diabetes, hypertension, diabetic neuropathy, and osteoarthritis,
causing her to suffer burning and tingling in her feet and hands
as well as right knee pain (Tr. 381).
The doctor further stated
that physical activity would greatly increase Katrinak’s
symptoms and would either distract her or cause her to totally
abandon what she was doing; Plaintiff was treated with oral
medications, but would benefit from physiotherapy.
stated that Plaintiff would be unable to “engage in any form of
gainful employment on a repetitive, competitive and productive
basis over an eight hour work day, forty hours a week, without
missing more than 2 days of work per month or experiencing
frequent interruptions to her work routine” (Tr. 381).
doctor said that she would be unable to work because of her
pain, mental state, and social interaction skills.
In his determination, the ALJ summarized the evidence of
record and then stated the following regarding Dr. Daniel’s
The undersigned gives no weight to the
opinion of Dr. Daniel dated January 2011
(Exhibit B10F) that the claimant is unable
to work. Dr. Daniel’s opinion is
conclusory, providing no explanation at all
for her opinion other than a list of the
claimant’s medical conditions. Moreover,
although Dr. Daniel opined that the claimant
is unable to work due to, among other
conditions, schizophrenia, neither Dr.
Daniel, nor the claimant’s treating mental
health physician, diagnosed the claimant
with schizophrenia for the duration period
(See Exhibit B9F). The undersigned has also
considered the opinion of Dr. Daniel
(Exhibit B16F) dated April 2011 that
physical activity will greatly increase the
claimant’s symptoms and cause distraction
from task or total abandonment of task and
that the claimant is unable to work due to
pain, but gives it less weight than the
opinions of Drs. Elmore and Davis. Dr.
Daniel’s opinion is inconsistent with
treatment notes, which show only occasional
complaints of pain. Additionally, the
reliability of Dr. Daniel’s opinions is
undermined by the fact that she listed
schizophrenia, but not osteoarthritis, as a
cause of the claimant’s disability in her
first opinion dated January 2011 and listed
osteoarthritis, but not schizophrenia, as a
cause of the claimant’s disability in her
April 2011 opinion.
The Court finds substantial support for the ALJ’s decision
regarding Dr. Daniel’s conclusions.
No other doctor finds
Katrinak disabled or suggests limitations approaching a total
inability to work.
Furthermore, as noted by the ALJ, Daniel’s
own records do not support her conclusions.
otherwise is without merit.
Katrinak also claims that the ALJ improperly discounted her
Plaintiff asserts that the ALJ did not explain his
reasoning (Doc. 13, pp. 2-3).
The Court notes that the ALJ is
required to "state specifically the weight accorded to each item
of evidence and why he reached that decision."
Schweiker, 662 F.2d 731, 735 (11th Cir. 1981).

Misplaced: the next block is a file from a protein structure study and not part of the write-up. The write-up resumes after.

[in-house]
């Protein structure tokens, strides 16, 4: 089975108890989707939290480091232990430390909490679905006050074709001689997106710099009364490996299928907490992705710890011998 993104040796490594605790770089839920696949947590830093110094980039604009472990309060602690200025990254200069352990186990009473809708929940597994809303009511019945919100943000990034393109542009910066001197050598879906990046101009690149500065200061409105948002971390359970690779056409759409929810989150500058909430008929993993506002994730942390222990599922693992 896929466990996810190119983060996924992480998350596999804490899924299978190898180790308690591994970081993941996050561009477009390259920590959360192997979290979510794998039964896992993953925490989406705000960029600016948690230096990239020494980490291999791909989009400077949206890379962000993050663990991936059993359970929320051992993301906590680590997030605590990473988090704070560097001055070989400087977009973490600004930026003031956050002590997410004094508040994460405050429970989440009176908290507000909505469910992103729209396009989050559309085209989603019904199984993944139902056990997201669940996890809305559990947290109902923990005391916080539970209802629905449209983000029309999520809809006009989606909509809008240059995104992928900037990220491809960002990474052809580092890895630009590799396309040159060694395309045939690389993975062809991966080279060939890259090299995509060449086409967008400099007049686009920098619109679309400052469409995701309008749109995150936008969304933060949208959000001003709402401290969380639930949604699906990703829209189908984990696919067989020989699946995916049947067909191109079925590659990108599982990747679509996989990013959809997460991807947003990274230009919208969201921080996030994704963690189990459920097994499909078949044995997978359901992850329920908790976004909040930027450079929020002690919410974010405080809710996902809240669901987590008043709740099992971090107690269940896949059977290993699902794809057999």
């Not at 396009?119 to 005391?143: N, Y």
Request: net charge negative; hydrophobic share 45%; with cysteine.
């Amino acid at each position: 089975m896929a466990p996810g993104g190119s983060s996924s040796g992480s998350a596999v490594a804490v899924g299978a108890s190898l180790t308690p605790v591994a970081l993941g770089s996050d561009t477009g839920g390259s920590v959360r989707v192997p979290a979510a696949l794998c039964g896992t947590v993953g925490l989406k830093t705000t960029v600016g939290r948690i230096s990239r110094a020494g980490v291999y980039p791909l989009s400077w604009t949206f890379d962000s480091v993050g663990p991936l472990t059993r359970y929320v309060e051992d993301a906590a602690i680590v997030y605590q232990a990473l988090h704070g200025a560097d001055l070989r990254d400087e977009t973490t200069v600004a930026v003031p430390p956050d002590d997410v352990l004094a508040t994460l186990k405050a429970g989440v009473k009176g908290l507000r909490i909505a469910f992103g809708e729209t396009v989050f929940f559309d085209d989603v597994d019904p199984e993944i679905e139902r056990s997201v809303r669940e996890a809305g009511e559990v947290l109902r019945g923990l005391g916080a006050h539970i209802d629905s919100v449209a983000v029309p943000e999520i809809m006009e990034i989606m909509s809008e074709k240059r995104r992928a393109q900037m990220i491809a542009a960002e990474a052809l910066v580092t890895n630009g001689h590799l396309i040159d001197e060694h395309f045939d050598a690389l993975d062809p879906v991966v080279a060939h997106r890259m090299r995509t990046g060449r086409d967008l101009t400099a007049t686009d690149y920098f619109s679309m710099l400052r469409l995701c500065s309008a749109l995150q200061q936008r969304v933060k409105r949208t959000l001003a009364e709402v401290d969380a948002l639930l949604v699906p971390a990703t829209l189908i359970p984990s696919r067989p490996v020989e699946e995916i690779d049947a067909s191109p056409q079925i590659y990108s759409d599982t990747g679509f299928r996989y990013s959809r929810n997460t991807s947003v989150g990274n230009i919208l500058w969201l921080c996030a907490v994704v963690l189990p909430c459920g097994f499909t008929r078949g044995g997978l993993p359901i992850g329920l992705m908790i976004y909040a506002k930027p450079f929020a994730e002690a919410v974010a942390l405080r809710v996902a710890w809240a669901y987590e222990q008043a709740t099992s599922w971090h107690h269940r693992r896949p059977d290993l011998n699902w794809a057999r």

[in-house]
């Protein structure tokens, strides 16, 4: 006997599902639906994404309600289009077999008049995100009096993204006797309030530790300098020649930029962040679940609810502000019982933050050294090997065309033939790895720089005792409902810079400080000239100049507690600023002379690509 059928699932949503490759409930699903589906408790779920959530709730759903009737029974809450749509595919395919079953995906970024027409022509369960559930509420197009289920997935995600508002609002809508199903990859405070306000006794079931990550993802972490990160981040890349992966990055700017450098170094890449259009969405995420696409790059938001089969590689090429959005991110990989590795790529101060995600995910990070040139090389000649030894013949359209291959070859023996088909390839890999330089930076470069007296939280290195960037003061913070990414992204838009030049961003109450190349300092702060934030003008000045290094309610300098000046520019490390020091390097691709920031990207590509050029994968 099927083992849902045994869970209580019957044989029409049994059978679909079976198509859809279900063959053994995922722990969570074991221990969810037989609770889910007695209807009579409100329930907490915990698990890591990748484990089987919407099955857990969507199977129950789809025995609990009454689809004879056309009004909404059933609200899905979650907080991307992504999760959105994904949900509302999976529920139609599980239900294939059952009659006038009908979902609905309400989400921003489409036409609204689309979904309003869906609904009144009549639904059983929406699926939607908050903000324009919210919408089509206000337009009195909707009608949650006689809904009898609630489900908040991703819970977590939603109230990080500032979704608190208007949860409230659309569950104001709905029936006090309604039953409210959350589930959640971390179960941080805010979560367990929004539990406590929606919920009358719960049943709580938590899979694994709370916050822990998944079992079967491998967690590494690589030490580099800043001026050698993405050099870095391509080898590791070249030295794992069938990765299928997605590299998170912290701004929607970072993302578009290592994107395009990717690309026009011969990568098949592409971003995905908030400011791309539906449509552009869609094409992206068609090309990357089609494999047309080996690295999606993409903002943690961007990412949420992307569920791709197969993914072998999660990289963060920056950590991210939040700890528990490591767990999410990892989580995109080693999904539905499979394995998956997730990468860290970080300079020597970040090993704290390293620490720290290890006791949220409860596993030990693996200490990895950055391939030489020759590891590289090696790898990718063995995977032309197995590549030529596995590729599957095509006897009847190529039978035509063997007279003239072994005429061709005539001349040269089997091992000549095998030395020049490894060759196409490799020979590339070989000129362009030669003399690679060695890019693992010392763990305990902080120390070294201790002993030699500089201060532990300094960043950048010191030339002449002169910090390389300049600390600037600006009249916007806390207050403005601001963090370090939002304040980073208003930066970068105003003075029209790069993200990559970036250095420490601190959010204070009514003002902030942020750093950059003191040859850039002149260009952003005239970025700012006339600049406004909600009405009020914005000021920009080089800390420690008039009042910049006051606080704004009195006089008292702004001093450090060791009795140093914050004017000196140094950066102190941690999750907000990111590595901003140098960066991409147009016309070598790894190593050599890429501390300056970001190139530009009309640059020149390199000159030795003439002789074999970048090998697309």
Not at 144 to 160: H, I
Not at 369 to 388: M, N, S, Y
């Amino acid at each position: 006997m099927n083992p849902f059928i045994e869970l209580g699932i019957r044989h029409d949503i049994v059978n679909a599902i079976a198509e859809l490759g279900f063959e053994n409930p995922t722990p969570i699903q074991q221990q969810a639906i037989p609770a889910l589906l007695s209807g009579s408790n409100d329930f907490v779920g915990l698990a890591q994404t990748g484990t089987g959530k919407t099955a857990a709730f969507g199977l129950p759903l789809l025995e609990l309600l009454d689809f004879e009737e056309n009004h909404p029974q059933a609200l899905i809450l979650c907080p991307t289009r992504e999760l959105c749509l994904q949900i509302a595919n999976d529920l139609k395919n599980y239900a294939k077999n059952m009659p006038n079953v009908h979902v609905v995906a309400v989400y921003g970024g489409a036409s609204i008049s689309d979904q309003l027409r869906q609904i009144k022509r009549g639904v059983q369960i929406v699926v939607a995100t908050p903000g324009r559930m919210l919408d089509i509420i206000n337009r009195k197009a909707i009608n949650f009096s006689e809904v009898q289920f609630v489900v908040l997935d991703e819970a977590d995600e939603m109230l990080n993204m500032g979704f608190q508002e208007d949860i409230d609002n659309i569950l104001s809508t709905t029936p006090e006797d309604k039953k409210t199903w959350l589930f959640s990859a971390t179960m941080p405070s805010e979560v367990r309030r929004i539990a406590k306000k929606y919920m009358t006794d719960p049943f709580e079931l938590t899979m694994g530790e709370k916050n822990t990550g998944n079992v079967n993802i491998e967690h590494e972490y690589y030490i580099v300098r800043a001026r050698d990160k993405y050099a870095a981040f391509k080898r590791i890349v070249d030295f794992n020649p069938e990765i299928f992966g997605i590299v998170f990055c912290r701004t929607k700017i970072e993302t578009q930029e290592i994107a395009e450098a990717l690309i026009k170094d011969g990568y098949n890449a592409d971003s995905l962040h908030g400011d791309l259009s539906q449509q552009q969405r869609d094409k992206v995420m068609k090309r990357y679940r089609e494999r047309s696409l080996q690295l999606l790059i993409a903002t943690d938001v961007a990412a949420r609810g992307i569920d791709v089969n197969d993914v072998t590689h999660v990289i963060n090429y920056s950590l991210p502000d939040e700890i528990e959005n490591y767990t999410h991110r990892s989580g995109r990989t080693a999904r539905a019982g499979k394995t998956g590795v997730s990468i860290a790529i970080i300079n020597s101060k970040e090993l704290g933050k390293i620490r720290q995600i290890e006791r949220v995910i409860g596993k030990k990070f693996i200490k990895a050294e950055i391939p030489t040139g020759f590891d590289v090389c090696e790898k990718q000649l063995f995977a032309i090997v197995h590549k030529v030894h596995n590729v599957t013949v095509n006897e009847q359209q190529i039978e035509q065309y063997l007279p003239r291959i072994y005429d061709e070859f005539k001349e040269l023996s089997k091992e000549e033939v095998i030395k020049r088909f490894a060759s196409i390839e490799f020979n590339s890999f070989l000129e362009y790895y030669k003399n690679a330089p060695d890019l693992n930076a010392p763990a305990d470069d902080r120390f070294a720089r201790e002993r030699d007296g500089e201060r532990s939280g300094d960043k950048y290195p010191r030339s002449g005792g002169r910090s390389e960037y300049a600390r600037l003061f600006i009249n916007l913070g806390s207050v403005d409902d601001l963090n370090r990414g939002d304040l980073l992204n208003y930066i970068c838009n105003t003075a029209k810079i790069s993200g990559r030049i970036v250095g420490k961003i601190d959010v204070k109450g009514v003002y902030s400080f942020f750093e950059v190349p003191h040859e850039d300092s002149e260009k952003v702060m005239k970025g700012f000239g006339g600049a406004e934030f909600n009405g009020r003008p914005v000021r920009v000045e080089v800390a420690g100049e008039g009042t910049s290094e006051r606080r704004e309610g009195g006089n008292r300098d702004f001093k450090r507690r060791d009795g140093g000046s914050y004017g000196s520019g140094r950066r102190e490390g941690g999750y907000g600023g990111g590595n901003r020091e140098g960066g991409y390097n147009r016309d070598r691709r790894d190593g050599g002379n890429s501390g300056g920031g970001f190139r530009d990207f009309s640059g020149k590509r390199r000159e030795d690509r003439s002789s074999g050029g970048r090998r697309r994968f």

In his determination, the ALJ found that Katrinak’s
“medically determinable impairments could reasonably be expected
to cause some symptoms; however, the claimant’s statements
concerning the intensity, persistence and limiting effects of
these symptoms [were] not credible” (Tr. 21).
In explaining his
decision, the ALJ noted that the results from the Minnesota
Multiphasic Personality Inventory, administered by Psychologist
Davis, suggested that she “was not reading the items, was so
disoriented that she was not aware of the situation (which
seemed unlikely), or that the claimant was trying to emphasize
her physical problems to draw attention to herself for treatment
purposes or for the benefit of accessing secondary gains” (Tr.
The ALJ further noted that Dr. Elmore’s objective findings
did not support her claims of “pain, including burning and
tingling in the hands and feet due to diabetic neuropathy, and
right knee pain due to osteoarthritis” (Tr. 22).
with regard to Katrinak’s complaints of pain, the ALJ noted that
her treating physician had recommended a conservative course of
treatment and that Plaintiff had sought no treatment for knee or
foot pain since March 2011 (Tr. 22).
The ALJ noted that, in
spite of her claims of having difficulties with her hands, there
was no evidence of persistent complaints related to carpal
tunnel syndrome or diabetic neuropathy (Tr. 23).
The ALJ noted
that Katrinak was regularly noncompliant with medications and
dietary restrictions, causing her diabetes and hypertension to
be uncontrolled (Tr. 23).
The ALJ noted that, in spite of
Plaintiff’s claims of depression and other mental difficulties,
she had a history of only sporadic treatment; additionally, what
records did exist did not support a finding of mental disability
The ALJ noted that Plaintiff’s abuse of drugs and
alcohol interfered with her medical regimen; additionally, the
ALJ noted Katrinak’s inconsistent testimony regarding her abuse
Finally, the determination pointed out that
although Plaintiff had asserted that she was unable to afford
medical treatment, there was no evidence that she had sought
help at low- or no-cost clinics while finding money to smoke and
drink alcohol (Tr. 24).
The Court finds that the ALJ has thoroughly explained his
reasoning in finding that Katrinak’s testimony regarding her
limitations was not credible.
That determination is supported
by the substantial evidence of record.
otherwise is without foundation.
Katrinak has raised two different claims in bringing this
Both are without merit.
Upon consideration of the
entire record, the Court finds "such relevant evidence as a
reasonable mind might accept as adequate to support a
Perales, 402 U.S. at 401.
Therefore, it is
ORDERED that the Secretary's decision be AFFIRMED, see
Fortenberry v. Harris, 612 F.2d 947, 950 (5th Cir. 1980), and
that this action be DISMISSED.
Judgment will be entered by
DONE this 6th day of December, 2013.
s/BERT W. MILLING, JR.
UNITED STATES MAGISTRATE JUDGE